Molecular Characterization of a Galactose-Binding Lectin from Momordica
charantia Seeds and Its Expression in Tobacco Cells
This study examines the function and genetic structure of Momordica charantia lectin. A galactose-binding lectin (MCL1) was purified from M. charantia seeds. The MCL1 showed highest hemagglutinating activity toward human type-O(H) erythrocytes followed by A, B and Omh (para-Bombay phenotype, also known as H-deficient secretor) erythrocytes. Moreover, we observed that MCL1 inhibited the cell-free synthesis of luciferase in a rabbit reticulocyte lysate system. The N-terminal amino acid sequence of purified MCL1 was identified and used to design degenerate oligonucleotide primers. The 3' and 5' ends of the gene coding for this protein were amplified by rapid amplification of cDNA ends, cloned and sequenced. The coding region (1641 bp, 547 amino acid residues) consisted of a 23 amino acid N-terminal signal sequence preceding an A-chain of 263 amino acid residues encoding a ribosome-inactivating protein that was joined to the B-chain of 261 amino acid residues encoding a lectin. The transcript was detected only in embryos, but hemagglutinating activity was detected both in embryos and cotyledons. These results suggest that gene expression occurred only during embryogenesis and the product accumulated in embryos and cotyledons. The MCL1 was expressed in tobacco BY-2 cells and the supernatant fluid of disrupted cells showed higher hemagglutinating activity toward human type-O(H) erythrocyte than the other tested erythrocytes. Thus, transgenic tobacco suspension culture cells harboring the cloned cDNA encoding the lectin purified from M. charantia are expected to be useful for the production of MCL1.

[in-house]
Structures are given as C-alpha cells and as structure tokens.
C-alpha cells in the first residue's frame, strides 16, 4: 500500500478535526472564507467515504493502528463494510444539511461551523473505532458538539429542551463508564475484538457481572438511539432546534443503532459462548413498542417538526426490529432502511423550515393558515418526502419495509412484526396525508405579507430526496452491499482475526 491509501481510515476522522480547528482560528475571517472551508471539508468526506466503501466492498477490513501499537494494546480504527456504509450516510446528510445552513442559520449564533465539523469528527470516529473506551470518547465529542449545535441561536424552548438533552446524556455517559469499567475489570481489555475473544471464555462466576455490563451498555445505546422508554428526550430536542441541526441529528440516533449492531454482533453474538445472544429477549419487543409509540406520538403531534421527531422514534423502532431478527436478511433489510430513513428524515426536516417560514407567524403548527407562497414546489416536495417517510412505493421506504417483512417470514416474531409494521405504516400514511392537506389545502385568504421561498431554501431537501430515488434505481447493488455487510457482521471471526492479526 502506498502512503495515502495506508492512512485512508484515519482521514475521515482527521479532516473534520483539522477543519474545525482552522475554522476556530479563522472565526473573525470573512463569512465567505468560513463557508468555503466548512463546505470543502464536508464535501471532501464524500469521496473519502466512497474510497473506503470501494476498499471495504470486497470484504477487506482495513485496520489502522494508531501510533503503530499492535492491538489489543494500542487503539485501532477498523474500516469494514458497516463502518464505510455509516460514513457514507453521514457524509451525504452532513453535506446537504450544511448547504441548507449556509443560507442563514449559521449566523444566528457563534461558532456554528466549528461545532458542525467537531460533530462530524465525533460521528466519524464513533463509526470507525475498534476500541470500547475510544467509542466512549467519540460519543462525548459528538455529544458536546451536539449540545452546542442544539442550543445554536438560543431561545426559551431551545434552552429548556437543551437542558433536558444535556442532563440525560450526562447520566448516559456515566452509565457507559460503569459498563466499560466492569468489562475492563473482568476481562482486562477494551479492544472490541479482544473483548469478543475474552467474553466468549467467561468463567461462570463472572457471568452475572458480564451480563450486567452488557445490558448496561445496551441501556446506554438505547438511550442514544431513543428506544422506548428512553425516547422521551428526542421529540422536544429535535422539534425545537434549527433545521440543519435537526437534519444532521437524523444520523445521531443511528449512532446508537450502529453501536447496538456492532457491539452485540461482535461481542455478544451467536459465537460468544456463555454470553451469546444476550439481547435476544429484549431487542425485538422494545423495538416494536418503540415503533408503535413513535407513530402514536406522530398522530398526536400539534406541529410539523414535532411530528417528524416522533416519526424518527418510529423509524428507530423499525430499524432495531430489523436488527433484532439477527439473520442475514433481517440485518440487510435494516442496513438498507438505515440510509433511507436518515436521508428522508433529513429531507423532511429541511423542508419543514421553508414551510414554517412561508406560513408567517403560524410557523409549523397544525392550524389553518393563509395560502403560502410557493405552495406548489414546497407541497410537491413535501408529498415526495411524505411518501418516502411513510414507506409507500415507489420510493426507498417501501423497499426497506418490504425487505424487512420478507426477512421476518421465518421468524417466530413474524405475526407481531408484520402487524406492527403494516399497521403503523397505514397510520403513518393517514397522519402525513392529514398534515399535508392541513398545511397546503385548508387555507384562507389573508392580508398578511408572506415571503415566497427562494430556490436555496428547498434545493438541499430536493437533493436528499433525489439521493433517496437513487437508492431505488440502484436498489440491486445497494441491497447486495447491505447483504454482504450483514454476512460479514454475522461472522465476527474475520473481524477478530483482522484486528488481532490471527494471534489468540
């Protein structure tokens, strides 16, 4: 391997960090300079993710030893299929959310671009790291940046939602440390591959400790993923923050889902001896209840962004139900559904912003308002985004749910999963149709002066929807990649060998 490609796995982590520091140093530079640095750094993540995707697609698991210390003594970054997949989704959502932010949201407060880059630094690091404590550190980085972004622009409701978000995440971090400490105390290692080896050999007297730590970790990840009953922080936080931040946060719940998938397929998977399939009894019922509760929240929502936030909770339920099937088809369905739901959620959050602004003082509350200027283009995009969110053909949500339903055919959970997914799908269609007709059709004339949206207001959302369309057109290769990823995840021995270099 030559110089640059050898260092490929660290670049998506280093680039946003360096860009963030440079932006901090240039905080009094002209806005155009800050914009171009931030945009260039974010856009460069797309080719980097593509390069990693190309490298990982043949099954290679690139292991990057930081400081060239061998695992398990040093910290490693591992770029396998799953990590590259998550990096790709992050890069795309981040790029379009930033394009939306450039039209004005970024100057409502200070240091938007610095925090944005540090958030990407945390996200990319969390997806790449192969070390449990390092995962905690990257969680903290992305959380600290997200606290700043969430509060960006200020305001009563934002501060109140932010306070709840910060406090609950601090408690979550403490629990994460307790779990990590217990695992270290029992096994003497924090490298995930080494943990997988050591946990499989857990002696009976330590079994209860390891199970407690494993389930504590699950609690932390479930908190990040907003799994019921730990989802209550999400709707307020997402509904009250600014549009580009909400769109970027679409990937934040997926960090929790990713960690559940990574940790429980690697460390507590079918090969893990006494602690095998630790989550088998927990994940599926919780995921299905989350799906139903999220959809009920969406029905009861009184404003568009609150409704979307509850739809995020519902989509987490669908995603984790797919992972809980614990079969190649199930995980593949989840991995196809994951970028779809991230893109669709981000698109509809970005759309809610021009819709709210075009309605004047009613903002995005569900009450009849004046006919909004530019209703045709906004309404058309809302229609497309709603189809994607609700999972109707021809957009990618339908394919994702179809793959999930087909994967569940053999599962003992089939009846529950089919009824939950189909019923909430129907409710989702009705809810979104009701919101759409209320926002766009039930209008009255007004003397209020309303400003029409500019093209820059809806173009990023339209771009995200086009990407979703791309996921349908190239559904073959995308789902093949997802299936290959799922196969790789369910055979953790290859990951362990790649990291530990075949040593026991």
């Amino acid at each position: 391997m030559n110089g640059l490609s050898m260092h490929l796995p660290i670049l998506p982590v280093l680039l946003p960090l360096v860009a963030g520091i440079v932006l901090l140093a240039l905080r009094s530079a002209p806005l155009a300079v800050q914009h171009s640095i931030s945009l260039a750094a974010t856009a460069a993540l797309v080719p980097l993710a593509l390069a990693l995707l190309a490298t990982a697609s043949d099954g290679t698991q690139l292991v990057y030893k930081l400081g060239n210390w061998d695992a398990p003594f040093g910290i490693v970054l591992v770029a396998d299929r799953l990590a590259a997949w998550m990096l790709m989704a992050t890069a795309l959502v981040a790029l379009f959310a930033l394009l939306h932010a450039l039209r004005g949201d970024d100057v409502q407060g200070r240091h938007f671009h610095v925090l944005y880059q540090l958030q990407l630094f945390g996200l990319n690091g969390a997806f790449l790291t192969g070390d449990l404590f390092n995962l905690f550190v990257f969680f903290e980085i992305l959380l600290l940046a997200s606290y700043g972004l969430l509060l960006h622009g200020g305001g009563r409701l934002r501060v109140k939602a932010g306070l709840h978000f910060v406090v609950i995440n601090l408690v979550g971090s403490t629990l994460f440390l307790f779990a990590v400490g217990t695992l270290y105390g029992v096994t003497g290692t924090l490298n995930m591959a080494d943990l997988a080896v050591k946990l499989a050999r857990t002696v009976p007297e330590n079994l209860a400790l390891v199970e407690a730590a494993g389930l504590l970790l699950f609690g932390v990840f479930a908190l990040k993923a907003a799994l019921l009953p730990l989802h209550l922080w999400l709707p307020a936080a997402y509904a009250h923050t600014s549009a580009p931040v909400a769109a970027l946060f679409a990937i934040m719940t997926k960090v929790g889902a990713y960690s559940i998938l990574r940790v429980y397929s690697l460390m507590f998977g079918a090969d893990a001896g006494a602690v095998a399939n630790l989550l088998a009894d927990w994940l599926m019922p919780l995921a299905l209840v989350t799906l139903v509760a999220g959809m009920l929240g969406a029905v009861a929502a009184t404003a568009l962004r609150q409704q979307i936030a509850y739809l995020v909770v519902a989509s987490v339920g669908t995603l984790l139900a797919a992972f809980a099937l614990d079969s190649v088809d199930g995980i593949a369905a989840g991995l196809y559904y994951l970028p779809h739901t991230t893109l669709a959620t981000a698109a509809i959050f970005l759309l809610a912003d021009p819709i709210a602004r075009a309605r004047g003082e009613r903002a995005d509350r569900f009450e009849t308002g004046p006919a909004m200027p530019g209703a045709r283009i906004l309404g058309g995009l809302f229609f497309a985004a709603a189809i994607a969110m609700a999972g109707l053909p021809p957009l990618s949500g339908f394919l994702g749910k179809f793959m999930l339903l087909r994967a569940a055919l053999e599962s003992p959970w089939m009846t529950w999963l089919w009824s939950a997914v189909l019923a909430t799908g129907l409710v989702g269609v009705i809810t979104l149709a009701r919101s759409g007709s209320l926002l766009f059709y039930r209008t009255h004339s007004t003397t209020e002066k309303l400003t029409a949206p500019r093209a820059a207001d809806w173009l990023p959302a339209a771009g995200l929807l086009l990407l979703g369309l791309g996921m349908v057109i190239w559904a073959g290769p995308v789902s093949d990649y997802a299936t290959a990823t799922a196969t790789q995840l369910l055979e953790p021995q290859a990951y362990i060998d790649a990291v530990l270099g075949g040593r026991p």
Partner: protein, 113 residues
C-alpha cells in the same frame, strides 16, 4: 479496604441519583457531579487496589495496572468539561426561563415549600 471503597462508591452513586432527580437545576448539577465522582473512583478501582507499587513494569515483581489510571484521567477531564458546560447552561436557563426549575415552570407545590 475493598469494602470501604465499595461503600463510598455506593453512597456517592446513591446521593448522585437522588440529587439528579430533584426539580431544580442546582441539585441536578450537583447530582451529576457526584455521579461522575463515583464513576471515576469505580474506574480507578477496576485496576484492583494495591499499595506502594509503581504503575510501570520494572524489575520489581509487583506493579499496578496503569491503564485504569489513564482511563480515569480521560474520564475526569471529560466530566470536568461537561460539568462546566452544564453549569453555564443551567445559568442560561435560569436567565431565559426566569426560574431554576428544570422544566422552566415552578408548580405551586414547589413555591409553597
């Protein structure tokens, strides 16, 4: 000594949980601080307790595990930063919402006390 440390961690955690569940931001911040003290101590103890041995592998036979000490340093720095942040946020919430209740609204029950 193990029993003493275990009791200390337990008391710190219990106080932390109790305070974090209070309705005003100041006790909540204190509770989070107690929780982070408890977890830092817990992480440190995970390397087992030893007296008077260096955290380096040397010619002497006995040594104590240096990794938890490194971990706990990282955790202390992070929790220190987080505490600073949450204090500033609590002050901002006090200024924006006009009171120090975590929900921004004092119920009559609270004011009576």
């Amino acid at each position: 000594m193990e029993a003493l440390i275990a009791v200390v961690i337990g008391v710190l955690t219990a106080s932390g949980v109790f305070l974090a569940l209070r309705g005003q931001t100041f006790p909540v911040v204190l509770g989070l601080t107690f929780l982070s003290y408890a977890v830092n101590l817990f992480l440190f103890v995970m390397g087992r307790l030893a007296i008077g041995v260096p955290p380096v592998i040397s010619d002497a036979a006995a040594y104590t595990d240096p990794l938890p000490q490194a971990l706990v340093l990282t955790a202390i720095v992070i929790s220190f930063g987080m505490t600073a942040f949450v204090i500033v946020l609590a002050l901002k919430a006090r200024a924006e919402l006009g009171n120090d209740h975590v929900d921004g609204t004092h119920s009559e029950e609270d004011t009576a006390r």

Lectins are non-catalytic proteins or glycoproteins that are capable of recognizing
and binding reversibly to specific saccharide moieties of glycoconjugates (Goldstein
et al., 1980). Lectins have a variety of biological properties including
antifungal (Melo et al., 2005), antiproliferative
(Kaur et al., 2005) mitogenic (Wong
et al., 2006) and hemagglutinating activities. Some lectins possess
a domain with a distinct biological activity. Lectins belonging to the group
of type-2 Ribosome-Inactivating Proteins (RIP) consist of a carbohydrate binding
B-chain linked to an A-chain that has a highly specific rRNA-N-glycosidase activity
and are capable of catalytically inactivating ribosomes. Type-2 RIPs have been
grossly divided into two groups: toxic and non-toxic, based on the considerable
differences of their cytotoxicity and consequences of their toxicity to animals
(Stirpe and Battelli, 2006). On the other hand, type-1
RIP consists of a single, catalytically active subunit and has comparatively
weaker cytotoxicity than type-2, because type-1 cannot penetrate through cell
membranes. All type-1 RIPs tested so far have antiviral activity against plant,
fungal and animal viruses, whereas only a few type-2 RIPs have been reported
to be active (Chen et al., 2002; Stirpe
and Battelli, 2006; Xu et al., 2007).
Momordica charantia (bitter gourd), a non-leguminous climber belonging
to the Cucurbitaceae, has been widely used in the Orient as a foodstuff,